If Gillette wanted to use a football metaphor to demonstrate a close shave, it might refer to the Battle for the Bell.
In Ohio’s two previous games against rival Marshall, the Bobcats have come up on the losing end of both a furious 17-point comeback in 2009 and a completed 36-yard Hail Mary touchdown pass as time expired last season.
While coach Frank Solich said the Bobcats do not have revenge on their minds after two close losses, he said the nature of the rivalry between Ohio and Marshall always makes for a good game.
“They’ve been very close games the two times we’ve played,” Solich said. “It’s always an excellent game when these two schools meet. This one should be no different.”
The short distance between the schools as well as the familiarity with each other only adds intensity to this year’s version of the Battle for the Bell.”
Despite the added hype, Solich said his team will approach this game like any other.
“As far as I’m concerned, every team is a rival,” he said. “They either go in the win column or the loss column. We need to prepare hard and well to play our best football.”
Solich said special teams could be the difference in Saturday’s game, even though the unit often is overlooked on the stats sheet.
Both teams boast special teams units ranked near the top in the country.
With an average of 36.3 yards per punt return, the Thundering Herd ranks second in the country in that category. Marshall also recorded a punt block against West Virginia in week one.
Meanwhile, Ohio ranks in the top 20 in the nation in both punt and kickoff return average. Every Bobcat punt has landed out of bounds or in the end zone, or the returner has called for a fair catch.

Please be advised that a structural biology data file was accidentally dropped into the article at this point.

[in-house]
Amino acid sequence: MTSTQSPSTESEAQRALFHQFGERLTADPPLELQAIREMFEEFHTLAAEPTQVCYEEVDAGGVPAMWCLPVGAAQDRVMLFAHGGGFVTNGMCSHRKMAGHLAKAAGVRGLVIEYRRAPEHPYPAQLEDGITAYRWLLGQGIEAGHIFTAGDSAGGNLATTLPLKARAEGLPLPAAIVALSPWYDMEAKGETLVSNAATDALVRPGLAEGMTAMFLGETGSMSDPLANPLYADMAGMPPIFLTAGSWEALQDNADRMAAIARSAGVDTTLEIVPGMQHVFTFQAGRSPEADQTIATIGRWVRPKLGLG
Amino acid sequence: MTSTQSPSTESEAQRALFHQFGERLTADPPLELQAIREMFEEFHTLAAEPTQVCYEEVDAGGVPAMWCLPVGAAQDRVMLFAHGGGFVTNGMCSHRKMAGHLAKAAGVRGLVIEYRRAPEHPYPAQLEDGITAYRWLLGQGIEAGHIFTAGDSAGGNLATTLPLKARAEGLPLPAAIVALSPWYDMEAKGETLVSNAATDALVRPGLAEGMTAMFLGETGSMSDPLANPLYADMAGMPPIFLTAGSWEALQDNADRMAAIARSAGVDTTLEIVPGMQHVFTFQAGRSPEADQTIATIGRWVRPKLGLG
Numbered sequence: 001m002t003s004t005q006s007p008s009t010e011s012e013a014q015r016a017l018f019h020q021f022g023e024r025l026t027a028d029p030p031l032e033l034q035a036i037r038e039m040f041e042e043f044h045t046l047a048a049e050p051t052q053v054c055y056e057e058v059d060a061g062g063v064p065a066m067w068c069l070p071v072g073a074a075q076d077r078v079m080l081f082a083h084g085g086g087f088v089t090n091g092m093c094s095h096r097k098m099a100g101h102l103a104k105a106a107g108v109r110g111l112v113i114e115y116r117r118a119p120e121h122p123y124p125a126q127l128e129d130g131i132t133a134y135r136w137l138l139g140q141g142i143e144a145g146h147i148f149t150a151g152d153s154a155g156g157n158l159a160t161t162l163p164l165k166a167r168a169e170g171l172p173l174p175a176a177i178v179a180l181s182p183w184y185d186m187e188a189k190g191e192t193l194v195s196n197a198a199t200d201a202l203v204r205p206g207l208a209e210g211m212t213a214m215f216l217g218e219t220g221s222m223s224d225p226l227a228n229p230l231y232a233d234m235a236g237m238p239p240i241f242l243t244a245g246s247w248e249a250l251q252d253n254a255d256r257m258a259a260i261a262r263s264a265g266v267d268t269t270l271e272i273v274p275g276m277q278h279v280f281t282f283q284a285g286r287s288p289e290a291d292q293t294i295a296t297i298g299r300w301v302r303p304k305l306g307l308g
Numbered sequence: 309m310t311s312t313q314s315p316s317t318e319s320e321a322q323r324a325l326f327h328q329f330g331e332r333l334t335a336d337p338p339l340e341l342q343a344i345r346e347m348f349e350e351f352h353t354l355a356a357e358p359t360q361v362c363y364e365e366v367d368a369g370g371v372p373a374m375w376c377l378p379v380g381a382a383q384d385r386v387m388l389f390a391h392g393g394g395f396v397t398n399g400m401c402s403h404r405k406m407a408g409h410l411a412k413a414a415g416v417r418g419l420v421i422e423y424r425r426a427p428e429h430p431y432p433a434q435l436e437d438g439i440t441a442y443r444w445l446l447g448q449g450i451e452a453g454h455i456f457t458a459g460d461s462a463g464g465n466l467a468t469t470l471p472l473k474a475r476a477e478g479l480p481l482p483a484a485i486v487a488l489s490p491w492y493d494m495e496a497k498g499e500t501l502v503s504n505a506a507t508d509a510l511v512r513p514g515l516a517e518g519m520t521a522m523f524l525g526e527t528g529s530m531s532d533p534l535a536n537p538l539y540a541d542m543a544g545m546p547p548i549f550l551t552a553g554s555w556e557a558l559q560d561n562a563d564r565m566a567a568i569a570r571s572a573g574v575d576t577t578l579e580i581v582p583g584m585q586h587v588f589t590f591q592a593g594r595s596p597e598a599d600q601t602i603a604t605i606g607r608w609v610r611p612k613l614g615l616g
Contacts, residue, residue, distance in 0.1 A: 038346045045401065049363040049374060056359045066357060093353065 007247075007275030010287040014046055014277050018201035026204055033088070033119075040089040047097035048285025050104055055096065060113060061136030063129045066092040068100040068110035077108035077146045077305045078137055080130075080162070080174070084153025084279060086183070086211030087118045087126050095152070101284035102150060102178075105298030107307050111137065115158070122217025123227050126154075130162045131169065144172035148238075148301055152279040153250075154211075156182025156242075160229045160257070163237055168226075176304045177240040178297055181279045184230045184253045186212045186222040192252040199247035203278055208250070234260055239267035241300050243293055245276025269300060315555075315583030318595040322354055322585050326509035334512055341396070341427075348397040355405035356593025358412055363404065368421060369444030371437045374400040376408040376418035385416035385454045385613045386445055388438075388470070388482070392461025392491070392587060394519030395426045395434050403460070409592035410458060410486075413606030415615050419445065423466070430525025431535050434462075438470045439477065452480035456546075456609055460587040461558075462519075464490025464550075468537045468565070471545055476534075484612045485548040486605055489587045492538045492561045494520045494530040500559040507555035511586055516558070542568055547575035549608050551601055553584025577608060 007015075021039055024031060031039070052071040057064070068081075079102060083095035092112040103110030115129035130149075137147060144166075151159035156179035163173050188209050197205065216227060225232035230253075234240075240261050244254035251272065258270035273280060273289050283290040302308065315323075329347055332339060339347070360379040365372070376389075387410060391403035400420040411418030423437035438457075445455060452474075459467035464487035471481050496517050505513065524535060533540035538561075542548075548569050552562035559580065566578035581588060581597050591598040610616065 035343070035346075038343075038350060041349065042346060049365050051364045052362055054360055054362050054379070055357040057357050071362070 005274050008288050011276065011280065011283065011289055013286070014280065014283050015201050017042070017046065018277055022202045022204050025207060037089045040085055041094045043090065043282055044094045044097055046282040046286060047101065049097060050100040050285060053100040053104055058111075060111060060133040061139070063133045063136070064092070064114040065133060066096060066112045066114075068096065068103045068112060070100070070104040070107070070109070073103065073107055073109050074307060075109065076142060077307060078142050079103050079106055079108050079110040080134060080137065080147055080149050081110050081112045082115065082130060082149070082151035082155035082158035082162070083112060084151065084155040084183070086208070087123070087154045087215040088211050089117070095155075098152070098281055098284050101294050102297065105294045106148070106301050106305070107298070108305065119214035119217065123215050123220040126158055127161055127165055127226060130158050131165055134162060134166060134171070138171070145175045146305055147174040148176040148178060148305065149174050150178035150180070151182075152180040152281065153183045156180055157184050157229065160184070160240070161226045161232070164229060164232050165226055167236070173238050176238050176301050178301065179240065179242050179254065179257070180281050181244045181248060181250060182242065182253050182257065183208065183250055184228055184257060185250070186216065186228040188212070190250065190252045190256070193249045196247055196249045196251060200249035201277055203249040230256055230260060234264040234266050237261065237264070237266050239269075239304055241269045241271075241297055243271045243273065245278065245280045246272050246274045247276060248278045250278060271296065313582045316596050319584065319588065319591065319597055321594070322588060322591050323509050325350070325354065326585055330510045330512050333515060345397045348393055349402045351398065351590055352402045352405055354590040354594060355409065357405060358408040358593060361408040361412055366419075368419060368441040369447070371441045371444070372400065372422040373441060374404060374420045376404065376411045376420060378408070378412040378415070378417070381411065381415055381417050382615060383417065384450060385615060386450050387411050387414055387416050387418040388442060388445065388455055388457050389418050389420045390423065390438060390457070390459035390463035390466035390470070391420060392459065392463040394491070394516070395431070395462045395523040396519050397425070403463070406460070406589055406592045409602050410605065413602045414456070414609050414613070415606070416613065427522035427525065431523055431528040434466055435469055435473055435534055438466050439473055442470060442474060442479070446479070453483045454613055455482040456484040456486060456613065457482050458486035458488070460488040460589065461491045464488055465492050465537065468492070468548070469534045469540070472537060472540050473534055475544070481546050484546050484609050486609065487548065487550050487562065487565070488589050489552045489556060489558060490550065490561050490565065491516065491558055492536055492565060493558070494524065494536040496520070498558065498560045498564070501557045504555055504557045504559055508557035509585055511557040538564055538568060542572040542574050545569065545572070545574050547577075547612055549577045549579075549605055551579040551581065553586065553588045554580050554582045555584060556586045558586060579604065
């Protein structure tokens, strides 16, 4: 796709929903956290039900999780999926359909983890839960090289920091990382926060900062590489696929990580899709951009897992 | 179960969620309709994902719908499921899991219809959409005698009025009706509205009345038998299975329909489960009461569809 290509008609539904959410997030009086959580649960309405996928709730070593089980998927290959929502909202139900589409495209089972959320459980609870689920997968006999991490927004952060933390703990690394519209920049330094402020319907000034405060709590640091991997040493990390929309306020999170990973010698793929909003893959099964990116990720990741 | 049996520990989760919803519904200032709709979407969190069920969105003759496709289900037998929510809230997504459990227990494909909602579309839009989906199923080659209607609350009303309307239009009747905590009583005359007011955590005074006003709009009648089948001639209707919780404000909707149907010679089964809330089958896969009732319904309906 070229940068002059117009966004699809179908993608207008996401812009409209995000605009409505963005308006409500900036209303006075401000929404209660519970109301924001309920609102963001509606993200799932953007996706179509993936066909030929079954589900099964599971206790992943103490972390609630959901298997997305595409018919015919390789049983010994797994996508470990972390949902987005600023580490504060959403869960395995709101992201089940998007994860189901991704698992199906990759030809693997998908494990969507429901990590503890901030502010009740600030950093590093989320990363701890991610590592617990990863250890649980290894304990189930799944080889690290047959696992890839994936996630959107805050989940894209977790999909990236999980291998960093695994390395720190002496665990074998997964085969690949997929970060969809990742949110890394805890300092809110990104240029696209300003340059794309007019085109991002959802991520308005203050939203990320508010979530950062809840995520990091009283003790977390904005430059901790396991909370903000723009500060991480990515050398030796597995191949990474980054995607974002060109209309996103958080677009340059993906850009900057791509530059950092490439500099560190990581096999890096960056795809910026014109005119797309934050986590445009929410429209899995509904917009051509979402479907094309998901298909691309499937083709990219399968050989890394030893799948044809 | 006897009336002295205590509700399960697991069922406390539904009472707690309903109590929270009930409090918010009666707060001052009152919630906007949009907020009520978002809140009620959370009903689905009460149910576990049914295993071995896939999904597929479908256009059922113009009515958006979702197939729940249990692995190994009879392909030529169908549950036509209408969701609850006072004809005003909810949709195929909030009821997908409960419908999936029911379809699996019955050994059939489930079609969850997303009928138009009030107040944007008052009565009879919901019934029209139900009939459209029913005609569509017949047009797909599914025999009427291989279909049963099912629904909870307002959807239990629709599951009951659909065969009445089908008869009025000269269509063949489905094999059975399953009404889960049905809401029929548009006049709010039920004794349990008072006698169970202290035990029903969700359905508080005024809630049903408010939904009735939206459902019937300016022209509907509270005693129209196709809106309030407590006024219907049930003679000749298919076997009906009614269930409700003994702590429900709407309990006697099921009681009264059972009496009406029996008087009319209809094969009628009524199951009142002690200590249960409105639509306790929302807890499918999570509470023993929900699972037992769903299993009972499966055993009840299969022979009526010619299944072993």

“We’ll have to stop their return guys. So far this year, we haven’t allowed a return, so something’s got to give,” Solich said. “Both teams have good athletes on kickoff returns. They are very dangerous.”
MARSHALL: TOUGHEST TEST YET
By allowing only 6 yards of rushing to New Mexico State in week one and 19 passing yards to Gardner-Webb last weekend, the Ohio defense has proven it has the ability to shut down the opposing offense both on the ground and through the air.
Solich said the unit must prove it can stop both the pass and the run in the same game.
While the Aggies and the Runnin’ Bulldogs were one-dimensional on offense, Marshall might prove to have a more balanced
“We’re going to have to be a very sound football team and not give them big plays,” Solich said. “We can’t have breakdowns. It’s not going to work if we have broken coverage or if we’re not filling the gap.”
Solich also said the Thundering Herd will present a bigger test on defense than did the Bobcats’ previous two opponents.
“Watching them on tape, they are a very good defensive football team,” he said. “They are very physical and have good size. They’ve got seniors across the board.”
KEY PLAYERS’ AVAILABILITY UNKNOWN
The Ohio coaching staff has been closely watching the progress of center Skyler Allen and linebacker Noah Keller.
Both Allen and Keller were dinged up during the past two weeks, and it is uncertain whether they will play against Marshall.
“Noah is still questionable,” Solich said. “He’s making some progress, but where he’ll be come game time remains to be seen.”
Keller, a fifth-year senior, missed nearly all of last season with a lingering foot injury.